Example: Mal Ratto is a level 5 Specialist and has chosen the numbers 17, 26, 36, 85, 90. He rolls a d100 and gets a 44. He has not “unlocked” force sensitivity for this level. At 6th level he chooses the number 8 and also elects to spend 4 Luck points to choose the numbers 19, 34, 71 and 86. Mal now has a one in ten chance of having a Force Awakening.

I’ll admit, I’m still worried that the numbers are too small for the game but I’m very happy with how they work for Star Wars.

P.S. If I wasn’t so skeptical about Bennies or FATE points or what-have-you, I’d make it so you can do “heroic acts” or something to get more “picks” on your Force Awakening list.

Oooooh, or let players get “picks” by doing Dark Side stuff too.

So maybe I’m not as settled as I said I was, but it’s how it has to be for the game to work the way I want.



My First Time
January 8, 2014, 11:35 am
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The first time I DM’d I was just out of college. I started playing D&D in college using the 3.5 rules. I was, as most people, hooked immediately. We played every week in my DM’s homebrew campaigns and we changed games every semester and sometimes multiple times during the semester. My first character was a human favored-soul named Chocho San (because of the Weezer song.)

Ok, that’s my history as a player, I’ll move on. So the summer I graduated I talked all my homer friends into playing with me. I made up this introductory encounter where all the PC’s were prisoners of a king and they were brought in and the king was poisoned and there was a passage behind the king’s throne where they could escape and…it was awful. If they hadn’t just gone through the secret passage, I would have had literally nothing for them to do.

The rest of that year is a little foggy for me. I think we played a couple more sessions but as usual everyone was busy and there were varying levels of interest and it just petered out. But a couple of the guys ended up getting really into it and we played quite a bit. I think they got really into story games after they moved away and I know they were much more interested in the story than the “rules” or things making sense.

That fall I got a job and one of the guys that was hired right after me was a D&D player and he had gotten his group, who had been playing since 1st edition, to try this new game called Pathfinder. I joined them in the spring playing a halfling bard and got really into Pathfinder. I played with those guys for quite a while and ended up sharing the DM’s chair some. I DM’d a lot of games off the top of my head and I began to realize that having a setting was advantageous over using pre-prepped modules because if you didn’t know the answer, you knew enough about the world to make one up.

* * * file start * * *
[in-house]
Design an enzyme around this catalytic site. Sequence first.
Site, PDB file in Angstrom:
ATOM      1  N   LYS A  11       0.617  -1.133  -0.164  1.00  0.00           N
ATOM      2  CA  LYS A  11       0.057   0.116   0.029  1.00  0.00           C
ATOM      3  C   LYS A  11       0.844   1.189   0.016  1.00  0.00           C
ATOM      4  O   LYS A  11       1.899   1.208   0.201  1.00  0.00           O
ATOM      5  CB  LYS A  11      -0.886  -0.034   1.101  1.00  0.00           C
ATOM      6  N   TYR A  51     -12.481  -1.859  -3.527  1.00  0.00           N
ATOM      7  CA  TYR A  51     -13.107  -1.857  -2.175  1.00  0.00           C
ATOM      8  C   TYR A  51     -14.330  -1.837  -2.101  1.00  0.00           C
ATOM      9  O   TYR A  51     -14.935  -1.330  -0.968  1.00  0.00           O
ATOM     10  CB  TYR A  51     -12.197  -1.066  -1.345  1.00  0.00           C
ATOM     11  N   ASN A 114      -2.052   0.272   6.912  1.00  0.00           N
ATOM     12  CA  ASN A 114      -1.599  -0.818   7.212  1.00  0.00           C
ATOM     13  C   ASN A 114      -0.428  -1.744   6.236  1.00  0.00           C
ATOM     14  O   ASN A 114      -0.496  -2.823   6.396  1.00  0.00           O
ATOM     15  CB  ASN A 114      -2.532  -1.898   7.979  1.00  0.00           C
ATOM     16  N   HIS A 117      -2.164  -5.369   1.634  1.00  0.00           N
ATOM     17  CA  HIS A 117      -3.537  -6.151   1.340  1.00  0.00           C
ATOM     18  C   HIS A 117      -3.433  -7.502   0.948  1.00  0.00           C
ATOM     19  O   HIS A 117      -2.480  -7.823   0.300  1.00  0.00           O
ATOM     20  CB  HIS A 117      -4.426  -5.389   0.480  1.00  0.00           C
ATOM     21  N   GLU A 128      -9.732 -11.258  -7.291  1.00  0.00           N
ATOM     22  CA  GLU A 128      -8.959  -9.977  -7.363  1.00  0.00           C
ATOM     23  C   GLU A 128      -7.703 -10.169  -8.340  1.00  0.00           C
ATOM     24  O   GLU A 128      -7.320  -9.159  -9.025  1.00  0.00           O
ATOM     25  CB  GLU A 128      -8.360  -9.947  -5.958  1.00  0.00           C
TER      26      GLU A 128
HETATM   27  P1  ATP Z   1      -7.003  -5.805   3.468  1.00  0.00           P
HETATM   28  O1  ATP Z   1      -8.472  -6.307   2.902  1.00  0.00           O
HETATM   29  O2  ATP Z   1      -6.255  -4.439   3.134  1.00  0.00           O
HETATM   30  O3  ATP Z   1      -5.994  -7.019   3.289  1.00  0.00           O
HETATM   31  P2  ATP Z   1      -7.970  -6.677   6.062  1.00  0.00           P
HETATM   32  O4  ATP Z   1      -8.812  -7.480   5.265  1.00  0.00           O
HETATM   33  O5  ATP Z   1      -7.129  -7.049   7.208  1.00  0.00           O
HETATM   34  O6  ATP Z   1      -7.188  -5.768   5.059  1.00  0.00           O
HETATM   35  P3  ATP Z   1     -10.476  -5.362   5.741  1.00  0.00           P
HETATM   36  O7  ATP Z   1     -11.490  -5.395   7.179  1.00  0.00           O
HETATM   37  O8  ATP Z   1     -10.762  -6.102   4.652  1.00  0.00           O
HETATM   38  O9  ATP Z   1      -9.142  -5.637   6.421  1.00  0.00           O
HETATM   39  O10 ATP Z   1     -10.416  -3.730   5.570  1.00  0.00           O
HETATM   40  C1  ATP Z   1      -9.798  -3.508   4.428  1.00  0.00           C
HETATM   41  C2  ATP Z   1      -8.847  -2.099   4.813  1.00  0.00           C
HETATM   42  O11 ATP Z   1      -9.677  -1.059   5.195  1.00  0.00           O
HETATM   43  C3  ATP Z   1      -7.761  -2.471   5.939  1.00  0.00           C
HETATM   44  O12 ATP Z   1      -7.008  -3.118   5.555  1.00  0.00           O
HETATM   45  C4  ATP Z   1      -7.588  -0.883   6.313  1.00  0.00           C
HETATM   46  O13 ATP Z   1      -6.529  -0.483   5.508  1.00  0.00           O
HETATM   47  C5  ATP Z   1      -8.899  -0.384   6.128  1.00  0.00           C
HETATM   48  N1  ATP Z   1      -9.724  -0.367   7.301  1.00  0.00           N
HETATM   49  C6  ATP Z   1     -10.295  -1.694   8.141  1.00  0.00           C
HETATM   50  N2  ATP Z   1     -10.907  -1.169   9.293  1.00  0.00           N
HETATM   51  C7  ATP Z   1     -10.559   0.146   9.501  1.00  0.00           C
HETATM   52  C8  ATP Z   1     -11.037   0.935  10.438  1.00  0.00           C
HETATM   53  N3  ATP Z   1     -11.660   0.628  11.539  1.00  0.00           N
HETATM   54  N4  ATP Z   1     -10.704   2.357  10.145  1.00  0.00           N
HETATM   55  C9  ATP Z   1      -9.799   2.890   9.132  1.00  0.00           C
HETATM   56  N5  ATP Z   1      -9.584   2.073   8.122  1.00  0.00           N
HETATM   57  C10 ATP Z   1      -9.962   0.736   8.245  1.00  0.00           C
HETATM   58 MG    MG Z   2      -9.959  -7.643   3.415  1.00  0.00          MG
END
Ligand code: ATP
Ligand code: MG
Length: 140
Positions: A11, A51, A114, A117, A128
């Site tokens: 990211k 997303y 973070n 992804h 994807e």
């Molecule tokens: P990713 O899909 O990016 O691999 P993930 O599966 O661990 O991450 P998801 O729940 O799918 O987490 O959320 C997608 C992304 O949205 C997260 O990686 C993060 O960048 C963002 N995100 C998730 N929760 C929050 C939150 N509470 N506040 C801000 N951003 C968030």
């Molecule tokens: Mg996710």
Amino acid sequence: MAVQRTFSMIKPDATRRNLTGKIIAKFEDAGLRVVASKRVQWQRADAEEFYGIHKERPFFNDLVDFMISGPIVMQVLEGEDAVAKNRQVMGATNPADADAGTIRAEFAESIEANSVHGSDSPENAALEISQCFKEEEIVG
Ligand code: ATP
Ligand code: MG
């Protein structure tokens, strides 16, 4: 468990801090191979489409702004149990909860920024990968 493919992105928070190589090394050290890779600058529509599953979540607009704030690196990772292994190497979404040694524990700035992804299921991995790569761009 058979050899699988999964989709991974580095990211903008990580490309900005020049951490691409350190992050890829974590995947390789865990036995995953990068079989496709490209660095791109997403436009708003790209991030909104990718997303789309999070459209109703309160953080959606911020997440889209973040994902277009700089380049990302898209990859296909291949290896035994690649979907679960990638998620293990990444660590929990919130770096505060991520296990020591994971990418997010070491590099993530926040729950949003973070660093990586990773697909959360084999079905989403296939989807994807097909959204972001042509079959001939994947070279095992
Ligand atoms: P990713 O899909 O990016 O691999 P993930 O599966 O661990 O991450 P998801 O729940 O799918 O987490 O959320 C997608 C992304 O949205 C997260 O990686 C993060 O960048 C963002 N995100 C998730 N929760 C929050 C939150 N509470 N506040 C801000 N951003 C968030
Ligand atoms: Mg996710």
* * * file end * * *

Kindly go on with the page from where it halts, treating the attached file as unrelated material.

This post is getting kind of long and since I think I’m probably the only person really interested in my gaming history, I’m going to list the campaigns I’ve written and give a short summary.

Weights and Measures live game, set in the capital city of Ashmont. The central theme was that in the government seats on the high council were auctioned off every year and if you had the gold, you could have the power. The idea was to grow a campaign all the way to high level with intrigue and stuff. It lasted maybe 10 sessions.

Chaos Rift The central theme was a demon had attacked the world and when he was smitten, his ruin opened a deep rift in the world where monsters came out and adventurers made their living hunting minerals and gems and killing monsters. Lasted a year or so with multiple players.

Lights of Dawn My first attempt at an online campaign with my ex-WoW friends. This idea came from Chris Perkins’ “points of light” explanation on the Penny Arcade podcast. The players started in a little town and were adventuring to rid the world of a blight. Lasted 6 months or so, but we only got through one combat before jobs and life took over.

Heart of the Mountain A one-shot campaign I wrote to play with those same ex-WoW friends came to my state for a visit. It was set in a steam-punk-ish world at the top of a dwarf mountain. This was a really cool campaign and part of me wishes the players hadn’t spent most of their time on side quests so they could have found out what was actually happening. I’ve kept it a secret for years now and I wonder if it’s about time I go ahead and publish that.

The Chronicles of Ashmont I cannibalize my own stuff quite a bit so the Kingdom of Ashmont was cribbed from my old Weights and Measures. I’ve been running two parties (actually three parties, but one is made up of some of the same people in a different part of the world) in Ashmont for a couple of years now. The home team is up to 5-6th level and the online group has just taken a break so another person can take a shot at DM’ing. Ashmont is a relatively generic D&D setting with the regular orcs and stuff. After the steampunk and a break with Star Wars d20, I wanted to get back to my fantasy roots.

So that’s that. I’m surprised by how much I’ve run and I’m also surprised at the relatively short time most of those lasted. I think it’s mostly due to my player’s being grown-ups and having other things like kids and jobs and mortgages to deal with.

Next post, I’ll talk about my new campaign setting project!



Previous Campaigns Introduction
January 7, 2014, 4:50 pm
Filed under: Uncategorized

It has occurred to me that, since I’m a terrible blogger, I haven’t actually posted all the campaigns I’ve run. Nor have I posted much of my history as a DM at all. I intend to correct that oversight in the next few days.

This all stems from the new campaign I’m brewing at the moment. A campaign setting I’m very excited about.